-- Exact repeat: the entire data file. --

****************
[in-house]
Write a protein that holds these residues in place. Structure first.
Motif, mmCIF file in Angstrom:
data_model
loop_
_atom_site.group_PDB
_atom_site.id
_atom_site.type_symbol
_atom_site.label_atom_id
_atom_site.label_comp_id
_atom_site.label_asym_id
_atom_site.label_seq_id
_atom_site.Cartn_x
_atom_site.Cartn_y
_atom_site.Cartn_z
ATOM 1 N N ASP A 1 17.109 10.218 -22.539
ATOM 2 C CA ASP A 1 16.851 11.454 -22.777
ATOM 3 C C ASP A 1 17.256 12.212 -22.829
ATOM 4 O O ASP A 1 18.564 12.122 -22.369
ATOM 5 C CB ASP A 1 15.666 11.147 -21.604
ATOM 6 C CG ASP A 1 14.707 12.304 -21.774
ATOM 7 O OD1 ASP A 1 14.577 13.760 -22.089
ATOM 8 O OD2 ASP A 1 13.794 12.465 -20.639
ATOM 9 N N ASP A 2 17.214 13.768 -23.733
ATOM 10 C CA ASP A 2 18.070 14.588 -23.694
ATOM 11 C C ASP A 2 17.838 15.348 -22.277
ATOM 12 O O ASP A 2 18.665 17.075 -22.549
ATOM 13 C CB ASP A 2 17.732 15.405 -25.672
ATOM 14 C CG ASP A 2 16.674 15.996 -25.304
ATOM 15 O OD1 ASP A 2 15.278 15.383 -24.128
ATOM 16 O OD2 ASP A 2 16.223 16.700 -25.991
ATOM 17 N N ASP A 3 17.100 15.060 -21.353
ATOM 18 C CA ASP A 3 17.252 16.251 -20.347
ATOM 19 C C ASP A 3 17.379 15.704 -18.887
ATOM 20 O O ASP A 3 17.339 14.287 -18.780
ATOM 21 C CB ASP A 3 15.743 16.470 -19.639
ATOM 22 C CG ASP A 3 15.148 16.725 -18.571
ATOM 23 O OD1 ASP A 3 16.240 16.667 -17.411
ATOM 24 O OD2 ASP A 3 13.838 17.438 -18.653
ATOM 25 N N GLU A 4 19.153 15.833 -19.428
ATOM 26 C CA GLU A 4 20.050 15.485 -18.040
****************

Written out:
[in-house]
Write a protein that holds these residues in place. Structure first.
Motif, mmCIF file in Angstrom:
data_model
loop_
_atom_site.group_PDB
_atom_site.id
_atom_site.type_symbol
_atom_site.label_atom_id
_atom_site.label_comp_id
_atom_site.label_asym_id
_atom_site.label_seq_id
_atom_site.Cartn_x
_atom_site.Cartn_y
_atom_site.Cartn_z
ATOM 1 N N ASP A 1 17.109 10.218 -22.539
ATOM 2 C CA ASP A 1 16.851 11.454 -22.777
ATOM 3 C C ASP A 1 17.256 12.212 -22.829
ATOM 4 O O ASP A 1 18.564 12.122 -22.369
ATOM 5 C CB ASP A 1 15.666 11.147 -21.604
ATOM 6 C CG ASP A 1 14.707 12.304 -21.774
ATOM 7 O OD1 ASP A 1 14.577 13.760 -22.089
ATOM 8 O OD2 ASP A 1 13.794 12.465 -20.639
ATOM 9 N N ASP A 2 17.214 13.768 -23.733
ATOM 10 C CA ASP A 2 18.070 14.588 -23.694
ATOM 11 C C ASP A 2 17.838 15.348 -22.277
ATOM 12 O O ASP A 2 18.665 17.075 -22.549
ATOM 13 C CB ASP A 2 17.732 15.405 -25.672
ATOM 14 C CG ASP A 2 16.674 15.996 -25.304
ATOM 15 O OD1 ASP A 2 15.278 15.383 -24.128
ATOM 16 O OD2 ASP A 2 16.223 16.700 -25.991
ATOM 17 N N ASP A 3 17.100 15.060 -21.353
ATOM 18 C CA ASP A 3 17.252 16.251 -20.347
ATOM 19 C C ASP A 3 17.379 15.704 -18.887
ATOM 20 O O ASP A 3 17.339 14.287 -18.780
ATOM 21 C CB ASP A 3 15.743 16.470 -19.639
ATOM 22 C CG ASP A 3 15.148 16.725 -18.571
ATOM 23 O OD1 ASP A 3 16.240 16.667 -17.411
ATOM 24 O OD2 ASP A 3 13.838 17.438 -18.653
ATOM 25 N N GLU A 4 19.153 15.833 -19.428
ATOM 26 C CA GLU A 4 20.050 15.485 -18.040